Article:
Did I Kill My Aloe Vera Plant?
It was doing fine, but then you repotted it into a larger pot. Even if your aloe plant is struggling, that doesn't mean it's done for.
Aloe vera plants are unique and fascinating houseplants—their succulent-like leaves are actually filled with the gel-like substance you see in sunburn lotion. Like most succulents, they need very well-drained soil and should be planted in pots with drainage holes or pebbles in the bottom. If your aloe plant's long leaves start to droop and get mushy, you may be having a watering issue.
When an aloe plant is being overwatered, the leaves develop what are called water-soaked spots. They look like what you describe: soggy and soft. It is almost as though the entire leaf becomes saturated and gel-like, then it turns to mush. Eventually, the entire plant dies. This is just one way that aloe plants can become waterlogged.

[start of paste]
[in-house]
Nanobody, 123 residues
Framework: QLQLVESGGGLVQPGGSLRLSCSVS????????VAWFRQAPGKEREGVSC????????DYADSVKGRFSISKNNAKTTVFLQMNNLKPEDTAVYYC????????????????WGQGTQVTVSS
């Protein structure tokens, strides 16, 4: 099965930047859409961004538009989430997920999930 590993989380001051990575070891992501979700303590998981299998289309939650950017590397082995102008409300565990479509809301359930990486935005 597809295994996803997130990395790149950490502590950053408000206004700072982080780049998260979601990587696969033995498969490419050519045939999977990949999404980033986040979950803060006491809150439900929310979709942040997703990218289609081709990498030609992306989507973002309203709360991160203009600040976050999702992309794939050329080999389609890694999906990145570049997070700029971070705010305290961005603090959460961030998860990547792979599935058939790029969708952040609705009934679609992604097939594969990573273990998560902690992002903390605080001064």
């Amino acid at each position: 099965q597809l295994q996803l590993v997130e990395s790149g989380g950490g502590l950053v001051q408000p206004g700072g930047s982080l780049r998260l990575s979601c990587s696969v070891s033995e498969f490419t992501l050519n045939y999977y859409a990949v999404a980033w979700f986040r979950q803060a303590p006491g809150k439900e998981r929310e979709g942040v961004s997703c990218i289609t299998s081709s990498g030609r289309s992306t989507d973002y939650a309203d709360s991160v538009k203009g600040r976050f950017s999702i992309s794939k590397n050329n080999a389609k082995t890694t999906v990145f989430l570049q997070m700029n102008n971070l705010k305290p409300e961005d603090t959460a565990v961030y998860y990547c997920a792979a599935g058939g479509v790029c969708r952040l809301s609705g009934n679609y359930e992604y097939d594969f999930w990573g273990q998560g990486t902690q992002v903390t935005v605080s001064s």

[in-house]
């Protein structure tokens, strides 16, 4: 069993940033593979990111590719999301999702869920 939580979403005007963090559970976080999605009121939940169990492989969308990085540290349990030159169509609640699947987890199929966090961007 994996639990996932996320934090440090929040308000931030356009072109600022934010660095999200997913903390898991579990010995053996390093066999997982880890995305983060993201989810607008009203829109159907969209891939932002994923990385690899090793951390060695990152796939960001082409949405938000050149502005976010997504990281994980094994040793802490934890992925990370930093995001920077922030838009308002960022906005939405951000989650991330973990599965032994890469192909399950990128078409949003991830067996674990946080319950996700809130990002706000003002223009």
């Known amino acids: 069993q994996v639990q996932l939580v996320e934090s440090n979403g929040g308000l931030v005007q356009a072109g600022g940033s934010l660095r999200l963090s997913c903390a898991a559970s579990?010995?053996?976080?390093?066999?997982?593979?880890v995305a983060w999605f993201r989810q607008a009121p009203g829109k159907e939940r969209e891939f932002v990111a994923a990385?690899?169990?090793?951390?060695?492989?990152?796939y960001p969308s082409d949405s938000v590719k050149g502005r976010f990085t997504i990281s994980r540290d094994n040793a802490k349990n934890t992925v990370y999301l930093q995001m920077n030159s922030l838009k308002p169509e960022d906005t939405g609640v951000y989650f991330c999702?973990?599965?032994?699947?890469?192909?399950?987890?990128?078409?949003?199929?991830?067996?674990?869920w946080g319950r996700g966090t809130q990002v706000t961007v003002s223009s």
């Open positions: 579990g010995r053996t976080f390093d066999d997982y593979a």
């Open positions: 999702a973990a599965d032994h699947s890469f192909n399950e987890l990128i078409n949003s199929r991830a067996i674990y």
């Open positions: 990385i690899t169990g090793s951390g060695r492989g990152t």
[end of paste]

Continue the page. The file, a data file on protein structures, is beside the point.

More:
Your plant can also experience a waterlogged condition because the pot you put it in lacks a drainage hole. Avoid planting in a pot without a drainage hole. Adding a layer of pebbles in the bottom of a pot, although often offered as a simple solution, actually compounds the problem. As moisture moves down through the soil, it forms what is called a perched water table over the pebbles. Not until the soil above is saturated will the water move down into the pebbles. That means your aloe's roots are constantly saturated. The soil is waterlogged, and the plant's roots are dying from lack of oxygen.
Solving Watering Problems
Dry It Out
You might be able to save your plant if you dig it up and let it dry out for a day or two. Remove any leaves or tissue that appear to be dead. Then dust the dry base of the plant with rooting powder and replant it in a pot with a drainage hole. Give aloe bright light, and keep it on the dry side.
Add Drainage Holes
If you want to use a beautiful pot that has no drainage hole, drill a hole for drainage, or use it as a cachepot. Tuck your plant into a plain plastic pot that can fit inside the eye-catching container. Elevate the inner pot on 1/2 inch of pea gravel.